lazy val frontEnd = project

lazy val backEnd = project

Pretty cool, no? Let's define our model classes next.

Json Model classes

Within the shared project add a demo.shared.Series case class

case class Series(id: String, title: String)

We will now define json support for our model. We have already added the dependencies to our projects. As you might have noticed we will use Play's Json support. We have also added akka-http-json and akka-http-play-json so that we can use play-json with akka-http. The reason we are using play-json and not akka's own json support is to use one json configuration for both the front and back-end (akka json does not support scalajs)

This means we can define our marshaller inside the shared project! Awesome (it is really).

Again inside the shared project add a trait named demo.shared.JsonSupport and define the Format implicit for our Series case class:

import play.api.libs.json.Json

trait JsonSupport  {
    implicit val SeriesFormat = Json.format[Series]

Next we need to change the back- and front-ends.

Change the Back-end

We start with the back-end.

Open the demo.be.SeriesService and mixin our JsonSupport plus the PlayJsonSupport so that akka-http can use Play's json support:

import demo.shared.JsonSupport
import de.heikoseeberger.akkahttpplayjson.PlayJsonSupport
import demo.shared.Series

trait SeriesService extends JsonSupport with PlayJsonSupport {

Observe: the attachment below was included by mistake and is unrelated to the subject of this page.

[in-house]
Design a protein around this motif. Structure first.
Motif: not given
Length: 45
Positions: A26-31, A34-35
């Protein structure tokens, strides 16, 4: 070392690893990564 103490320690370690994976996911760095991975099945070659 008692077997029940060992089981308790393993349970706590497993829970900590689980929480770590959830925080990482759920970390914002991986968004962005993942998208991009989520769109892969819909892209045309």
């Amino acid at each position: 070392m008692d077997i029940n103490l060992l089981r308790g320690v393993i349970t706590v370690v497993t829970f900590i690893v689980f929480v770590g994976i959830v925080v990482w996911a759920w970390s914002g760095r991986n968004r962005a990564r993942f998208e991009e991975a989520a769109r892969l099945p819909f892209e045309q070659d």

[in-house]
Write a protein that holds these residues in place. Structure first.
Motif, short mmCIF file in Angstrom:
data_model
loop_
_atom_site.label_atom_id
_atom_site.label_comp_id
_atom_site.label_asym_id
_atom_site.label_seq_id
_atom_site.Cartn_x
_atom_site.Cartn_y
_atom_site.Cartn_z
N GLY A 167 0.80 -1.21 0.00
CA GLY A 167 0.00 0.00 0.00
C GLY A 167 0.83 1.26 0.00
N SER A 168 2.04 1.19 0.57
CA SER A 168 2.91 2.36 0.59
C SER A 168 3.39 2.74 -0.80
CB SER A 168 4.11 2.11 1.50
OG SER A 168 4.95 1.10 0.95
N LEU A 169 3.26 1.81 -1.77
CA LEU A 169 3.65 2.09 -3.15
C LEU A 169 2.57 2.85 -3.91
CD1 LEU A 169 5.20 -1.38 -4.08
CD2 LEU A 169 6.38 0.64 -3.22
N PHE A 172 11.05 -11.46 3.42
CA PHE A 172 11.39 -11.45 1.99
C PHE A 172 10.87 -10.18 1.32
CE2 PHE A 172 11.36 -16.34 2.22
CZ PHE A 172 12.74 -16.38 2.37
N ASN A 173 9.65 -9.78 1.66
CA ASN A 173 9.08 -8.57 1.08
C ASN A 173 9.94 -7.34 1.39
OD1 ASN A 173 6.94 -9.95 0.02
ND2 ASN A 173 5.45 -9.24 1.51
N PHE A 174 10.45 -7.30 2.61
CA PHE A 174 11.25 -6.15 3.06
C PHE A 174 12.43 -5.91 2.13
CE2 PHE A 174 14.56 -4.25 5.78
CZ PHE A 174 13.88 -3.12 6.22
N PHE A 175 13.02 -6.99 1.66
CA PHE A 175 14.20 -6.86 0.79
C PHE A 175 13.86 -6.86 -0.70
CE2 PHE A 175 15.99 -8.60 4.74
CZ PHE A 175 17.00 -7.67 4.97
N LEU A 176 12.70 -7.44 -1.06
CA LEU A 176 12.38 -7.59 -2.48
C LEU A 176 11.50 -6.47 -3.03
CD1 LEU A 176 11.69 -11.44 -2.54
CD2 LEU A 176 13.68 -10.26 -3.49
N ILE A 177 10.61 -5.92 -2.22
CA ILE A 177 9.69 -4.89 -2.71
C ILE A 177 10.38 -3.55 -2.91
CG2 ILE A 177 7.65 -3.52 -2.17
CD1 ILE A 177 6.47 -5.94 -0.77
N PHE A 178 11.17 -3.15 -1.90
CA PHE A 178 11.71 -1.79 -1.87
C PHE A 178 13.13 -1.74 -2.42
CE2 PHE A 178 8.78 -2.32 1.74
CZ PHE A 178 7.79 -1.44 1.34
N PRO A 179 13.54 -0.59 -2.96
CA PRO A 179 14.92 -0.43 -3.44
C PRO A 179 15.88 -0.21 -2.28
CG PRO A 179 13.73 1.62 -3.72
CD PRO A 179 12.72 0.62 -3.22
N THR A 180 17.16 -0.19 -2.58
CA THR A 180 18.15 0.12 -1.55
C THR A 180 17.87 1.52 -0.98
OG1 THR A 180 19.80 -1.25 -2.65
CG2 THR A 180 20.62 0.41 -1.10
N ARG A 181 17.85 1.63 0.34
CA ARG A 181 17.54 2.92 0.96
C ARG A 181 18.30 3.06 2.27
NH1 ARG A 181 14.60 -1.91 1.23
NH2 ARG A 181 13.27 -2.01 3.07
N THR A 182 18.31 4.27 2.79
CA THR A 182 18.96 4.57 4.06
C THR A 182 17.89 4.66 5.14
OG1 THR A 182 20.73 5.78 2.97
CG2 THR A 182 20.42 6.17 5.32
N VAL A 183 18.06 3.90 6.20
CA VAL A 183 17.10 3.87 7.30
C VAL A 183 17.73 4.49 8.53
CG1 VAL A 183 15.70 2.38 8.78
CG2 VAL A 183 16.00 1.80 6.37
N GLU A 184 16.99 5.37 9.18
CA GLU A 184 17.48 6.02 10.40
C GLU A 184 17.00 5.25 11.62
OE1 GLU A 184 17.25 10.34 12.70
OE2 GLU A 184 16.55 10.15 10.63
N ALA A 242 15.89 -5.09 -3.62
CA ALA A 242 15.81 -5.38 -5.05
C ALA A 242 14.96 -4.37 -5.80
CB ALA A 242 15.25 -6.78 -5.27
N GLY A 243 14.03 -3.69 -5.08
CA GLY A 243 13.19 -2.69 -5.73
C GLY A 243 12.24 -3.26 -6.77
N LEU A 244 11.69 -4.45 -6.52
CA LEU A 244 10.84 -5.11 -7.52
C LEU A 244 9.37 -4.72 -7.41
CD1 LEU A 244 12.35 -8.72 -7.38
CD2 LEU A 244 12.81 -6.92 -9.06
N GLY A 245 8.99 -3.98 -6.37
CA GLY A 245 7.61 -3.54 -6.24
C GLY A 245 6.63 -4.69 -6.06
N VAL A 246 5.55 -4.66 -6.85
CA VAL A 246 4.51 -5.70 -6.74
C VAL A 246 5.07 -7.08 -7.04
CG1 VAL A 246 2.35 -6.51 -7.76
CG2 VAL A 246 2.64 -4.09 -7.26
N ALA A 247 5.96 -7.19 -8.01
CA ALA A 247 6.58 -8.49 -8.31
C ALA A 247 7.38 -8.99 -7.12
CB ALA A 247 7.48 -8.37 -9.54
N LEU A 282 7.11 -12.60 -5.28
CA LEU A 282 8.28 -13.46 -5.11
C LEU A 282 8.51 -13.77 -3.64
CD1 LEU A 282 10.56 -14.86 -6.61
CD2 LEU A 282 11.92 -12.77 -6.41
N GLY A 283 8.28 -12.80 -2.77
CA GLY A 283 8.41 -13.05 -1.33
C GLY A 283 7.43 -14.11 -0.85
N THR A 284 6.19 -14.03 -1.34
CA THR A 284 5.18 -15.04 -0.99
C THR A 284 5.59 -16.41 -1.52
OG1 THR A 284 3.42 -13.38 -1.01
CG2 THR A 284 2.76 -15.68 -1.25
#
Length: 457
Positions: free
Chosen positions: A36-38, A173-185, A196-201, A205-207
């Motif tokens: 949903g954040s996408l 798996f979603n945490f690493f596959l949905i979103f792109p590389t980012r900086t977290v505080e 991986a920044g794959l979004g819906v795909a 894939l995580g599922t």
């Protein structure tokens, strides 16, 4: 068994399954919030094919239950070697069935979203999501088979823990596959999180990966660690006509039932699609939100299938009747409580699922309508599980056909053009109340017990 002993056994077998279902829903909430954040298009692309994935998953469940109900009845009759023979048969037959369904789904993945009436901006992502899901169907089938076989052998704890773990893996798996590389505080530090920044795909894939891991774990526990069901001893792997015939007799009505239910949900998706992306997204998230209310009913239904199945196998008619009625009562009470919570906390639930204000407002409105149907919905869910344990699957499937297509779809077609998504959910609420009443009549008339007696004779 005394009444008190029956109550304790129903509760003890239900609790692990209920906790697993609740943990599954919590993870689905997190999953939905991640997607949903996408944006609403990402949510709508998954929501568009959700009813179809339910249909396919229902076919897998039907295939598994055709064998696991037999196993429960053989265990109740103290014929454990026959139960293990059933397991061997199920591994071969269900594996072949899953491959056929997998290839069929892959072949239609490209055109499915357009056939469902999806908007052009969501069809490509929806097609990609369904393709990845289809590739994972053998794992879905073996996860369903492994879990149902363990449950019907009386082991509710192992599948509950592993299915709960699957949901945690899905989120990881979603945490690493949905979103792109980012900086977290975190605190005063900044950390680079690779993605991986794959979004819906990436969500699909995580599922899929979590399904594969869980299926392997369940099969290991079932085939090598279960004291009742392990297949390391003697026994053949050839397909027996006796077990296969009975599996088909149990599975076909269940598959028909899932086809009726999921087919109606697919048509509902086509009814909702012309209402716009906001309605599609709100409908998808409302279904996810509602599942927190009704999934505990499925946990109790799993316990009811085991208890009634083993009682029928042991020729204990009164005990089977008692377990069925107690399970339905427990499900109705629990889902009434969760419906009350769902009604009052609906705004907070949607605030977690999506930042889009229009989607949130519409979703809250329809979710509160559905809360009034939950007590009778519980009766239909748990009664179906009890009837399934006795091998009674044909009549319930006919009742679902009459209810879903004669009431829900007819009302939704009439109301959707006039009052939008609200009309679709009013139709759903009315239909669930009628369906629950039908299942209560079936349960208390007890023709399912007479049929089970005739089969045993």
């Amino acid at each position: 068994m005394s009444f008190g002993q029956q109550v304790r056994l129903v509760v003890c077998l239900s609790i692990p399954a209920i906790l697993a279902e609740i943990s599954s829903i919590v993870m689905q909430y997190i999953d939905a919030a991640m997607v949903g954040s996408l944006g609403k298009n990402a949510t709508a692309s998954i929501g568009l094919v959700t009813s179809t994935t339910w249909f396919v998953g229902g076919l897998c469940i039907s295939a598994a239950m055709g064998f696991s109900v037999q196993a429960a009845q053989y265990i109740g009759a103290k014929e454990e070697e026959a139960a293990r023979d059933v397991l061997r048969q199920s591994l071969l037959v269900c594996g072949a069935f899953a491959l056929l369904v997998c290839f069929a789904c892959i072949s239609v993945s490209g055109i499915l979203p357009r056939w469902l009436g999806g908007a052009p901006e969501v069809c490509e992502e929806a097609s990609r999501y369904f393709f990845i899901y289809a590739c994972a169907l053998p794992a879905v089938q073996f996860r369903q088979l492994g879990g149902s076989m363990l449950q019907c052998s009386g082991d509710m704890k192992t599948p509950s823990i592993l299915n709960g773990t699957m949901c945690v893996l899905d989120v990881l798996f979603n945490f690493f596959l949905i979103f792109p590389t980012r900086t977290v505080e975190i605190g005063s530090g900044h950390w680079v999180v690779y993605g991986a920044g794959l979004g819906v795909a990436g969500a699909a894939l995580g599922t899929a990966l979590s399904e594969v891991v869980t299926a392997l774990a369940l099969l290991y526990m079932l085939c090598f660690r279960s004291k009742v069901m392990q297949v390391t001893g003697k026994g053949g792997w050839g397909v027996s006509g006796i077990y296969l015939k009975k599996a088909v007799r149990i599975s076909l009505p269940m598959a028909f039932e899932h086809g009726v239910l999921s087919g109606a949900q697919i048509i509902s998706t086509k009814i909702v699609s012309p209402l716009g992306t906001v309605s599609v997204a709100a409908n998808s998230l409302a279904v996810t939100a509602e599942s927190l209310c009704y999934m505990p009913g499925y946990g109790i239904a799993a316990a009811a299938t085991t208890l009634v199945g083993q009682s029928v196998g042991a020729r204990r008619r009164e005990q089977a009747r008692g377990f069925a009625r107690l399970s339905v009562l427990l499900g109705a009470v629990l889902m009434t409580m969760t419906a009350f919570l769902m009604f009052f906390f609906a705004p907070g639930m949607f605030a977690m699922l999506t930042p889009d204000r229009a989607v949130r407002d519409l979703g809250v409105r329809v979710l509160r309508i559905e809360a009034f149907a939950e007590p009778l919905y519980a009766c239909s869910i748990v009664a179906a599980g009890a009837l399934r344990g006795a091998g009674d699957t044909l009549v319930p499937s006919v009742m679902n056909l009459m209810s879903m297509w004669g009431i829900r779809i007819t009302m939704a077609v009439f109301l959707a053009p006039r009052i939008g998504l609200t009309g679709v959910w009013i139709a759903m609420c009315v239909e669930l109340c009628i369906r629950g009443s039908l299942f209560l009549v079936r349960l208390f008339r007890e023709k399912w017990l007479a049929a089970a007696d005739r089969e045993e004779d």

Then just change the response value to return a sequence of Series (which will be marshaled into a json array)

get {
    complete(Seq(Series("8219","Sense8"), Series("9214","Better Call Saul")))

If you are still running the previous server, make sure you stop it and recompile/run your new version

$ sbt backEnd/run

Quickly test your updated endpoint either in your browser or using curl

$ curl http://localhost:3000/api/series
[ {
  "id" : "8219",
  "title" : "Sense8"
}, {
  "id" : "9214",
  "title" : "Better Call Saul"
} ]

Time to update the front-end

Update the front-end

Make sure you restart the triggered execution as we have updated the build file

$ sbt ~frontEnd/fastOptJS

Then open your demo.fe.SampleFrontendApp and mixin our json support class:

import demo.shared.{JsonSupport, Series}

object SampleFrontendApp extends JsonSupport {


Then change the getData method to parse (Json.parse) and unmarshal (as[Seq[Series]]) the response from our service call:

def getData : Future[Seq[Series]] =

As a final step change the initApplication and call displayTitle for each series returned

    case Success(v)=>v.foreach(s=>displayTitle(s.title))
    case Failure(e)=>println(s"oops: $e")

Refresh your page and "Wubba Lubba dub-dub, it works!" (well in excitement and not because you are in pain)

You can find the solution of this tutorial on github